This can be daunting, but it isn't legally binding: either party could still back out at any point before contracts are exchanged.

How to make a sealed bid

It can be a difficult balancing act to decide how much to offer in a sealed bid: you don't want to overpay, but you also don't want to lose out.

You need to be realistic about the property's value, because if you pay over the odds, you may struggle to get your money back when you come to sell it.

There’s also a risk that the mortgage lender will decide the property is worth less than you've offered when they conduct their valuation, leaving you to stump up the extra cash or pull out of the purchase altogether.

Our guide on how much a property is worth explains what sellers should take into account when setting the asking price on their property, which will also help you work out the property's value.

When it comes to the figure you offer, the National Association of Estate Agents (NAEA) recommends avoiding round numbers to prevent making the exact same bid as someone else – so for example you could bid £200,075 instead of £200,000.

It can also be a good idea to submit the offer in person to ensure that it is definitely received.

'Best and final' offers

When more than one person wants to make an offer, some estate agents will ask buyers to submit their 'best and final' offer by a set date.

The best and final offers process works in a very similar way to sealed bids. The main difference is that your offer doesn't have to be formally submitted in an envelope.

You might initially submit your best and final offer over the phone, but we'd advise doing it in writing too (in an email or hand-delivered letter) so that all the details of your offer and situation are laid out for the seller to see.

What to do if your sealed bid or 'best and final offer' is rejected

Getting a call to say the vendor has chosen another buyer is disappointing, but sales do sometimes fall through.

If you stay in touch with the estate agent, they'll know you're still interested if the other buyer drops out of the sale.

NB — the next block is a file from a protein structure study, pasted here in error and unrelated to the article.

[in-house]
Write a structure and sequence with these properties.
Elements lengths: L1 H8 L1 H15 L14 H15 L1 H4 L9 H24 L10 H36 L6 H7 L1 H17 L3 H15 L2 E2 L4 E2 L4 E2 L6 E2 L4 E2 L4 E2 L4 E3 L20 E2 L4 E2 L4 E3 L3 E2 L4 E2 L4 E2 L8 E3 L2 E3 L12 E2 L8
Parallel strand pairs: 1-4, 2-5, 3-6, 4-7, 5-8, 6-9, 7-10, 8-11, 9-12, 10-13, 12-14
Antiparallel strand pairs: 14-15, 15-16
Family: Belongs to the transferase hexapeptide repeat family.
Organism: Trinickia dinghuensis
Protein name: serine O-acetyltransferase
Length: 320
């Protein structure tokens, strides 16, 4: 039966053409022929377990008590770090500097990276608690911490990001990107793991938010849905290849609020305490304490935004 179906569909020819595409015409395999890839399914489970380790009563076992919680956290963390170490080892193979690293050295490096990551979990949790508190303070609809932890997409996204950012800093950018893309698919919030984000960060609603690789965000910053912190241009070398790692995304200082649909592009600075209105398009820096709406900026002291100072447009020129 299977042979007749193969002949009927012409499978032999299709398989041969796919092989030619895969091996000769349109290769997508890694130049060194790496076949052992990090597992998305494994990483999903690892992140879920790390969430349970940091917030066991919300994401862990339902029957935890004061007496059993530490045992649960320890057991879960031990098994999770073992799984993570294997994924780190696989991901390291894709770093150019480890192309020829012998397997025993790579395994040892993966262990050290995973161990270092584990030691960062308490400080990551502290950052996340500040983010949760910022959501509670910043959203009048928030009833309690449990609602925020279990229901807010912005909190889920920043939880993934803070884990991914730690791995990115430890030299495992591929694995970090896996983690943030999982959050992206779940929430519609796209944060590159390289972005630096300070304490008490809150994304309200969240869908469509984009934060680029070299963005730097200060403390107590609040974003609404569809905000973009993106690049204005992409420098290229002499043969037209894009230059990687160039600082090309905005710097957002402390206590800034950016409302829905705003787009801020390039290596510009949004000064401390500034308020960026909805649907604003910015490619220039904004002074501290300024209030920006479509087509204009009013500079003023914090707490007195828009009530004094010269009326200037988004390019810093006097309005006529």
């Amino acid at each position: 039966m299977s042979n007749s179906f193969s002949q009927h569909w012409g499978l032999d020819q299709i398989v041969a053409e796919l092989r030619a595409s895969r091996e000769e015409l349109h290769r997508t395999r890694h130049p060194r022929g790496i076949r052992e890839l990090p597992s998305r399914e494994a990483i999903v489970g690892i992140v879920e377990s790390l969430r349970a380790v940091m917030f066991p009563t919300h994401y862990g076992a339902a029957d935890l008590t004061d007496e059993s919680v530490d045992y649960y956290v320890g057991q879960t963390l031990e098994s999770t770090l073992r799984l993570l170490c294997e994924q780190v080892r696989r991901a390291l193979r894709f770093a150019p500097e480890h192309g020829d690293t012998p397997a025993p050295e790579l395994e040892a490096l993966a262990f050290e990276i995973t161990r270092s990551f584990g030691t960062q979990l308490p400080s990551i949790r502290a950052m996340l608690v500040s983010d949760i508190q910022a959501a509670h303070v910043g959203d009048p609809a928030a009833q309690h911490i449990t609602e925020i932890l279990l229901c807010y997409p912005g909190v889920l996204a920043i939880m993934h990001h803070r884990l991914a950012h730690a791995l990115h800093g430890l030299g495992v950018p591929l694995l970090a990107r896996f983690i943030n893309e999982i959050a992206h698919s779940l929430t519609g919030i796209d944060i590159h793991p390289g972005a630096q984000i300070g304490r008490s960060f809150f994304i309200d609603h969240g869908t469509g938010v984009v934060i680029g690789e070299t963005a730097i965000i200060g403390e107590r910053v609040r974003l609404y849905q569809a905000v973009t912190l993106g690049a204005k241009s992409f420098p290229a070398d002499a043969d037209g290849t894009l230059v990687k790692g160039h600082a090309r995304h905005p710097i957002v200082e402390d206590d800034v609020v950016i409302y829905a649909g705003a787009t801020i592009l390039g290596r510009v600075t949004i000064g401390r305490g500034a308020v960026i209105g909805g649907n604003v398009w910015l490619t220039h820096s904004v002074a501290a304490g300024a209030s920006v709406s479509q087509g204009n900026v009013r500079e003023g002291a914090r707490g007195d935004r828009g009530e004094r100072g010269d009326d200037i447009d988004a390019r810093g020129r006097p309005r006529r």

Is my offer legally binding?

If you’re making an offer on a property in England or Wales, your offer isn’t legally binding until you exchange contracts with the seller.

In Scotland, a binding contract will be in place when all the conditions of an offer have been accepted and you and the seller have 'concluded the missives'.

Withdrawing or changing your offer

You can withdraw or change your offer any time before contracts have been exchanged.

If you have a survey done and it reveals problems, you can try asking the seller to get them fixed before you exchange or offer a lower price, but they're under no obligation to agree to either.

Technically, you can also lower your offer shortly before exchanging contracts, which is known as ‘gazundering’. Though perfectly legal, this can create a difficult situation for the seller and risk scuppering the sale altogether, and we wouldn't recommend it.

After you’ve exchanged contracts with the seller, you’re legally obliged to pay the amount agreed in the contract. If you pull out of the sale at this point, you may lose the deposit you put down and could be sued by the seller.

Scotland

After you’ve agreed a contract with the seller, you can’t withdraw or change your offer unless the seller agrees.

If you don’t meet the terms of the contract, you could be made subject to a court order to fulfil the contract and be sued by the seller for any costs they’ve incurred.